Irregular immigration is a phenomenon that has existed for some time in Tunisia, but has drastically increased in recent years leading to international conflicts and arousing public interest.
The situation of illegal immigration in Tunisia today:
It is complicated to quantify the exact number of irregular migrants due to their unofficial status, but we can make an annual estimate of this figure. According to the FTDES report of 2021, there were 16413 irregular migrants and 25657 migrants intercepted by the police along the way in 2021, compared to 13376 and 13466 respectively in 2020. Only 44.6% of migrants are Tunisian while 56.4% come from other countries, mainly from sub-Saharan Africa, thus showing the “Transit to Europe” that Tunisia has become.
The mix of migrant profiles is as follows: 79% are men, 13% are unaccompanied minors, 4% are accompanied minors and 4% are women. Naturally, the departure points are the coastal cities with about 41% of the operations leaving from Sfax, 14% from Mahdia and 12.5% from Nabeul. The arrival points are Italy and Malta with 96% of “Ch9oufa” arriving in these countries.
The question with millions of answers: why do people leave?
Addressing the problem at its roots begins with understanding the reasons that push a 16-year-old minor, for example, to take his backpack and board a “ch9af” at his own risk. Let’s go :
- Poverty and lack of education: It’s hard to separate these factors when it comes to the causes of irregular immigration. Indeed, poverty is often the reason for dropping out of school at a very young age to work and help keep the pot boiling. The financial difficulties, sometimes very painful, that some of these people experience, provoke a feeling of despair after a while. The lack of education adds another layer when they start thinking that fleeing the country in a “ch9af” would be the solution to get rich. It goes even further: some families see the “Harka” today as a long-term investment. They give all the family savings to the son so that he can pay for his place in a “ch9af” in the hope that he will send money back some years later when things “get better”.
- False paradise image of the diaspora: It starts to develop when you see at a young age Uncle, irregular immigrant 15 years ago, who comes back from Italy every summer with a nice car, well-dressed, gifts for all… Almost perfect Iceberg illusion! The reality is unfortunately different. We think it’s guaranteed paradise when it’s the gates of hell that await the newcomers first. Season 2 of the Tunisian soap opera “Harka” is a good illustration of this point.
- Lack of connection to the Country in rural areas: Coastal cities are the major points of departure. However, it is not the inhabitants of these cities who leave the most. On the contrary! In some rural areas, the only link with Tunisia is administrative. The feeling of belonging is attenuated because of a daily life that makes these people feel left out. No public transport, no schools nearby, no infrastructure and no necessities of life. The difficult situation often creates an indignation in them that quickly turns into a burning desire to leave the country.
- Lack of a real reintegration mechanism: The reintegration of intercepted immigrants is very important, otherwise they will try again. Seeing this as a failure, one might even think that without accompaniment and assistance, they will be more determined than ever to leave the country. However, we are beginning to see efforts on this issue in recent years.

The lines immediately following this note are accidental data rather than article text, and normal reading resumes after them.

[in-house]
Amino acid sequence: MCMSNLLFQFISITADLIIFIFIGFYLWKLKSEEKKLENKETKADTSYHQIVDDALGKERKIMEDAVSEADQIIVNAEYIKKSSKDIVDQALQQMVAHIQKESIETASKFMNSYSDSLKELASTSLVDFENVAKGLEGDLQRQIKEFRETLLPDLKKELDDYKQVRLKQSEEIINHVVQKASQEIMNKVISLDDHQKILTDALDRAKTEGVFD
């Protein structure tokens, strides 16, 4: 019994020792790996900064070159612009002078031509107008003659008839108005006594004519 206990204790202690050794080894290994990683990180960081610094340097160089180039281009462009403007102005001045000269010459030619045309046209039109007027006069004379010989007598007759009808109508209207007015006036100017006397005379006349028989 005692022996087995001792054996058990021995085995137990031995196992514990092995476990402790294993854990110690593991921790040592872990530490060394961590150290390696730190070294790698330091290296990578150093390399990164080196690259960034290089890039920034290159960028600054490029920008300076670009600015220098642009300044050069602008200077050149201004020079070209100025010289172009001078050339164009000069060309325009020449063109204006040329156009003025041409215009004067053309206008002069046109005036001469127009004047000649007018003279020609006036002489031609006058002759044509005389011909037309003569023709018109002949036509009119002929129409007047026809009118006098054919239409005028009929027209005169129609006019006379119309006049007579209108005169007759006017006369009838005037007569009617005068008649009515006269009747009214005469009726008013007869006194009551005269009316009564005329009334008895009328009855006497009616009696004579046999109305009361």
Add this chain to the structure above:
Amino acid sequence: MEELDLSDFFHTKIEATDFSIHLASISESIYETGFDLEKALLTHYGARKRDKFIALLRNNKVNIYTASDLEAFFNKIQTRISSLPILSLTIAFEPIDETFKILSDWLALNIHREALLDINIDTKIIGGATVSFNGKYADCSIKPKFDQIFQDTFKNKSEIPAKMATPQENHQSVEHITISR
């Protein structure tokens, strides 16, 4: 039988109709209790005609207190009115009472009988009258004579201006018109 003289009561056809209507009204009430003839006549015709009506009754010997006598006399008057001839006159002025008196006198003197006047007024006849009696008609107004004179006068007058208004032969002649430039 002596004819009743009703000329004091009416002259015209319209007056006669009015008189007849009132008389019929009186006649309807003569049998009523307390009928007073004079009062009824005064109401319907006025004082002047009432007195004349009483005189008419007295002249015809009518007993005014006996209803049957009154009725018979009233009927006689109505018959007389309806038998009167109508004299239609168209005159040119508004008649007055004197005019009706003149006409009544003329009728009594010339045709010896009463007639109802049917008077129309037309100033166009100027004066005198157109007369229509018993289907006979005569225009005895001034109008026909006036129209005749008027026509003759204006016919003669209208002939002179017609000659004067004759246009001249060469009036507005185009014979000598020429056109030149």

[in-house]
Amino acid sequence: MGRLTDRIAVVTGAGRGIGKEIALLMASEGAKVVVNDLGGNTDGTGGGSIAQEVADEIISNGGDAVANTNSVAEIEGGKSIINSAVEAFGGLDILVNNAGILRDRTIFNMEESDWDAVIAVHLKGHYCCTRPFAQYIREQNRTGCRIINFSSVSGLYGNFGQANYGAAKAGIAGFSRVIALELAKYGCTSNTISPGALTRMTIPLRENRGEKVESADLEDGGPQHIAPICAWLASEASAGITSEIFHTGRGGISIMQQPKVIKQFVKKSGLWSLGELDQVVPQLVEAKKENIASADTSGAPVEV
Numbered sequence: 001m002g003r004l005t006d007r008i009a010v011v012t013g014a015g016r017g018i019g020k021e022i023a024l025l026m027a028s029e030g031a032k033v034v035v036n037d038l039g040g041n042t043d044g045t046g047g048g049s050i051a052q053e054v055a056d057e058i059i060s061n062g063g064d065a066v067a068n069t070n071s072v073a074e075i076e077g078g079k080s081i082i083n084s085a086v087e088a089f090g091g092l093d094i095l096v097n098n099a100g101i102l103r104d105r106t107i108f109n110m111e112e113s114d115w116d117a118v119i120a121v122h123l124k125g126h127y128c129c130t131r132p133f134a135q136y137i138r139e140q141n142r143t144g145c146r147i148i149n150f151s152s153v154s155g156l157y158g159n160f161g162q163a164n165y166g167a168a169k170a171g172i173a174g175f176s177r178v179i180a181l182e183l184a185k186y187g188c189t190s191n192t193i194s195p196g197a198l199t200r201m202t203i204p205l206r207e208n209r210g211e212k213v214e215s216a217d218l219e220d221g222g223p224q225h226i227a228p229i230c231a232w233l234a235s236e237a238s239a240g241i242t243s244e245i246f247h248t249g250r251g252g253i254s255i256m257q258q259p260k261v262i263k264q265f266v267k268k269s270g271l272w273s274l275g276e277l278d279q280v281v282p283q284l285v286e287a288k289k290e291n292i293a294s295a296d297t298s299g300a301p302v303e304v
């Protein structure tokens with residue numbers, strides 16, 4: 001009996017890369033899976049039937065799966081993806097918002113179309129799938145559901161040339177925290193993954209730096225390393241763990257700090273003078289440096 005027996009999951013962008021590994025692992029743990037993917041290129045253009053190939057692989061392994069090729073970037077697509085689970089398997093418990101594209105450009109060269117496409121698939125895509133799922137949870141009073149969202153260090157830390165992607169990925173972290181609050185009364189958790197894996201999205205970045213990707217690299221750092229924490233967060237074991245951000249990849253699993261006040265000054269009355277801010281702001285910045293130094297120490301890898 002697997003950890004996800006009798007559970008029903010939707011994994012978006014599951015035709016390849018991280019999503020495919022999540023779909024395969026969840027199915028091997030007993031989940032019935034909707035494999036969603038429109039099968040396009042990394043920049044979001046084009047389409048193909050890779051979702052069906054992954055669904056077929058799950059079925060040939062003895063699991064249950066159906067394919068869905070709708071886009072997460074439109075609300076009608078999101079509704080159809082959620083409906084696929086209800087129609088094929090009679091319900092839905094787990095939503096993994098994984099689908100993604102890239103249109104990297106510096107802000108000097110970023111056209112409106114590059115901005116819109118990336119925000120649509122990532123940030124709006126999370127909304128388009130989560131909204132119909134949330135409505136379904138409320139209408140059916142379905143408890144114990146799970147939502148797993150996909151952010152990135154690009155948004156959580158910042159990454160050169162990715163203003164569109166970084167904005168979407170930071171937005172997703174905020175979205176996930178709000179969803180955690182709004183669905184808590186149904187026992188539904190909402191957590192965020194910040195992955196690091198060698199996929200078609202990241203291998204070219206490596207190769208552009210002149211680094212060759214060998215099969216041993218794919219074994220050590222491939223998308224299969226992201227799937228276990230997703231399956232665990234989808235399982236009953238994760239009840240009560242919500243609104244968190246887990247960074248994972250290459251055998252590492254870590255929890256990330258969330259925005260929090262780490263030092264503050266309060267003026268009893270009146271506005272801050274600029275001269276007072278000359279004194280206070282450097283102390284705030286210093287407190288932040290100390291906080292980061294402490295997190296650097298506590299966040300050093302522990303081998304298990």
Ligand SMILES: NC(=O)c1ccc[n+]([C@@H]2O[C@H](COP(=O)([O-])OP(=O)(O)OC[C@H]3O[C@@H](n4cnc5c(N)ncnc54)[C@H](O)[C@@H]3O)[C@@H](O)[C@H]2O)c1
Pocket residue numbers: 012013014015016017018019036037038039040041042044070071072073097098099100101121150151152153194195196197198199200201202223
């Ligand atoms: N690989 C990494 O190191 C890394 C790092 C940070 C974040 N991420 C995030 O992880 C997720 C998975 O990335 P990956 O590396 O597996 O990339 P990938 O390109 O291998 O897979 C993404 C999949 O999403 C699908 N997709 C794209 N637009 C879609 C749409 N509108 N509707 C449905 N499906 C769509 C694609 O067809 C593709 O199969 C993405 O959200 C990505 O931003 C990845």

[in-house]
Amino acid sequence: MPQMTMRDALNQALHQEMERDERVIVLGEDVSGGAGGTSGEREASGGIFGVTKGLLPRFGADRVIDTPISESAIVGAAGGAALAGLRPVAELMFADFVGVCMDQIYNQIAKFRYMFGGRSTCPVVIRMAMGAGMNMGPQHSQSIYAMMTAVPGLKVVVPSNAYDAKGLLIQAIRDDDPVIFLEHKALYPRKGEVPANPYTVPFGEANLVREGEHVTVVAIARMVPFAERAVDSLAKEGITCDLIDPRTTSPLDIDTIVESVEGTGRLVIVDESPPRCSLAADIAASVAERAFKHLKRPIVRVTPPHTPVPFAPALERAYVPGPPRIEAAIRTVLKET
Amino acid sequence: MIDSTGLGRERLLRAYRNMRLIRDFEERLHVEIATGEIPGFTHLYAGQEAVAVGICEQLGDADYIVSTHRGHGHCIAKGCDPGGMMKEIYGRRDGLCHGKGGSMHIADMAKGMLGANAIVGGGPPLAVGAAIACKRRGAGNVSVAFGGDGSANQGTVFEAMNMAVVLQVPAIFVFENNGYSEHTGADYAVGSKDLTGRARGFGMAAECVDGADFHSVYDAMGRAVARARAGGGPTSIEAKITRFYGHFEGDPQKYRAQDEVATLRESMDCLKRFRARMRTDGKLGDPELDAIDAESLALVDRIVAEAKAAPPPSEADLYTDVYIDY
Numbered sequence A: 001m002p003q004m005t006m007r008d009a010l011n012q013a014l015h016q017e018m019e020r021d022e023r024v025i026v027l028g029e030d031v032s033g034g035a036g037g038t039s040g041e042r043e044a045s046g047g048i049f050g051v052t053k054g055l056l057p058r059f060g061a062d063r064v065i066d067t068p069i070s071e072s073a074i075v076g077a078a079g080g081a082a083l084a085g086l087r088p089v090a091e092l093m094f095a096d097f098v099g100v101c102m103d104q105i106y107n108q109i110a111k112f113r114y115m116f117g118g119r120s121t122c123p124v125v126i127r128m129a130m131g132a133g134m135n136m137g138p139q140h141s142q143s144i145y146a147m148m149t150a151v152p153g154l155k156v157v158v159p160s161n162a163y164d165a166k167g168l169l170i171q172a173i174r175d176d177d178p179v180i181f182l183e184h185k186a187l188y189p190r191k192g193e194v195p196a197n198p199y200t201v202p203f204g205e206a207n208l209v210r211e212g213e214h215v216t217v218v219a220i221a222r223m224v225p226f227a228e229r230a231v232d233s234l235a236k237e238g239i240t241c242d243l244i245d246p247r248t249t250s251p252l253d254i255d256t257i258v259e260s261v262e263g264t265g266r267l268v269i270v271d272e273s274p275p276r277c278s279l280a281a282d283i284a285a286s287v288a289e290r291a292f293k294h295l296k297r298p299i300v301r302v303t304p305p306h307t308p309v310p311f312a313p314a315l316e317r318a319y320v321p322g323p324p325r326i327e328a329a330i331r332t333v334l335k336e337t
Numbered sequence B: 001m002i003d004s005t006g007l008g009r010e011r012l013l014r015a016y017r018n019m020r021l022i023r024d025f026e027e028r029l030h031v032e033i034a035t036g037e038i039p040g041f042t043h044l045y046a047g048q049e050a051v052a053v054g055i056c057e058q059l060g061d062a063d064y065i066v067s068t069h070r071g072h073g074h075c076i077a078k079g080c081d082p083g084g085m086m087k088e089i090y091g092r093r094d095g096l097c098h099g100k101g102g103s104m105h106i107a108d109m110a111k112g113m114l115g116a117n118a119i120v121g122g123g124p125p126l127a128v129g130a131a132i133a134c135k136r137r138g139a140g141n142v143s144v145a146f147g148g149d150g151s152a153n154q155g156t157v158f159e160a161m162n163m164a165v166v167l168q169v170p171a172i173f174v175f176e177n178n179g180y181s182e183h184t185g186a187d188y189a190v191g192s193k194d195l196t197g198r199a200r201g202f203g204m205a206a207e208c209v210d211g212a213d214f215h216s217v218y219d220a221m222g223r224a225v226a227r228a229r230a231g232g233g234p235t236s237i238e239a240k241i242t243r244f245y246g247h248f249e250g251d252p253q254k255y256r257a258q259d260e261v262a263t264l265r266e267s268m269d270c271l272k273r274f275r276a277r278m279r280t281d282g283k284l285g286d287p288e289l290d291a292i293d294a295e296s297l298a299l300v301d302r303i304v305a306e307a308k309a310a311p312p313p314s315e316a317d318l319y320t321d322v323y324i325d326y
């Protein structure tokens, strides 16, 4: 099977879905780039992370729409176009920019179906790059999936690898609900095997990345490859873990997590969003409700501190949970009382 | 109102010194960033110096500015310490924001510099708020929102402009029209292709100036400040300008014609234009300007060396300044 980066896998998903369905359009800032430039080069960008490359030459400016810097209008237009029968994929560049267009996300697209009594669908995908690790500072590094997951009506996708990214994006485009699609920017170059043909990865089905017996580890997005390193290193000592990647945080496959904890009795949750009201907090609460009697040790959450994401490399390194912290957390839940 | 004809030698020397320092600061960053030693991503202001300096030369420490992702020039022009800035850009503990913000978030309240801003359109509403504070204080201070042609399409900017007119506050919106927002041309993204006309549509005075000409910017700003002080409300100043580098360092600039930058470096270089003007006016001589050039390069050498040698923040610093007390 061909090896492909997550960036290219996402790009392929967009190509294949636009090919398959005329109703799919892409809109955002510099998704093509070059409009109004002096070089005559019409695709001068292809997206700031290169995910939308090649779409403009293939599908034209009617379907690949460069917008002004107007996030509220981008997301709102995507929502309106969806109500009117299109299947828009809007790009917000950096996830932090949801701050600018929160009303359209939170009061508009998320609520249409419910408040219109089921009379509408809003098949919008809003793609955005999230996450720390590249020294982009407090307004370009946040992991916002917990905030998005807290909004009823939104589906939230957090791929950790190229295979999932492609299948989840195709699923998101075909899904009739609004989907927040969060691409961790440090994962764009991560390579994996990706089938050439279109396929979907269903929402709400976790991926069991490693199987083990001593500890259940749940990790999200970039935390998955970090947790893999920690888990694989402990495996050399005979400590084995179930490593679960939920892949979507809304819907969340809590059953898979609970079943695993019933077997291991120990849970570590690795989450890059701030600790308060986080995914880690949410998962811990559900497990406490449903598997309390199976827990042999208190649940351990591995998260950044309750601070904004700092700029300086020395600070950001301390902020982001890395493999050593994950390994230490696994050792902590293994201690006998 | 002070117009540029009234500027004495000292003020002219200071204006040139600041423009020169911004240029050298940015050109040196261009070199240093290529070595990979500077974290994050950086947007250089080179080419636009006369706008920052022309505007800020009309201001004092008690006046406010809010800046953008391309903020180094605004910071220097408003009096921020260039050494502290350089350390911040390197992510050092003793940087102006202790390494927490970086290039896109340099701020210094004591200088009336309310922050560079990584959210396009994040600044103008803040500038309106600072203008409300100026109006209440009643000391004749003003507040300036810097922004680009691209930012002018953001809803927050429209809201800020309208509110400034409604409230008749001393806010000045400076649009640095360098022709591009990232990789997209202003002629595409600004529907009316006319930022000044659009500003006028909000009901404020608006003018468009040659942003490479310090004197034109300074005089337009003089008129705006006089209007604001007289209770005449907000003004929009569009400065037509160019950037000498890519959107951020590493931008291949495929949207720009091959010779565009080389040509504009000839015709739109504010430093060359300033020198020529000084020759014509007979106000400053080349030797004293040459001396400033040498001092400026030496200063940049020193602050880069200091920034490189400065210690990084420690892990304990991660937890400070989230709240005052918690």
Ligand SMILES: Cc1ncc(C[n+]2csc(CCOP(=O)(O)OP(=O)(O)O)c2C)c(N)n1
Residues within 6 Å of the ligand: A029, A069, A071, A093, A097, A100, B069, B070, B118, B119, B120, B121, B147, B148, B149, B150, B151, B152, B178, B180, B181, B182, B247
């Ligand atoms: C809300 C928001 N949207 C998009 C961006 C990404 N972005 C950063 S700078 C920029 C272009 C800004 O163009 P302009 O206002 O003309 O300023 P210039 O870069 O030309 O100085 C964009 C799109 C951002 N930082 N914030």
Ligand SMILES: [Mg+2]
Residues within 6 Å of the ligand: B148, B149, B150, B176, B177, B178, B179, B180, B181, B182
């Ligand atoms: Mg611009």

Efforts to prevent this phenomenon: a ray of hope?
At the time of writing, no official governmental mechanism has been identified in Tunisia. However, there is support for prevention initiatives. The International Organization for Migration (IOM) is an intergovernmental agency within the United Nations system and has been present in Tunisia since 2001. Since its establishment, IOM has been dealing with all issues related to migration, including the protection of vulnerable migrants, assistance to migrants and survivors at sea and the prevention of irregular migration risks. It works in close collaboration with the Tunisian government ministries: the Ministry of Social Affairs, the Ministry of Home Affairs, the Ministry of Professional Training and Employment, the Ministry of Foreign Affairs, …
Helma: a project to think about
Funded by the Italian Ministry of Foreign Affairs and International Cooperation and implemented by the IOM, Helma is a project that targets vulnerable youth, i.e. at risk of irregular migration, in the governorates of Sfax and Mahdia. The project aims to offer these people concrete alternatives through training initiatives of all kinds: Robotics, Pastry, Welding, Workshops, Soft Skills and many other subjects that will satisfy the tastes of our youth. The majority of these trainings are done in youth centers and schools, state institutions to try to forge the link of these young people with their country and establish the feeling of belonging.
The end of the line
Irregular immigration is certainly not the solution. It has irreversible consequences on the people, the country of origin and the host country. Of course, we can’t do anything about it once people have taken the “Ch9af” but we can make every effort to show them the true face of illegal life, to offer them better conditions and concrete alternatives. In the meantime, a simple question that you can already think about: Is it really worth it to leave Tunisia in such a deadly and ruthless way?
We leave each other on the lyrics of the song Ghneya lik
*This quotes : No matter how badly things turn out, my country forgets the troubles, and I’ll always come back happy to you.*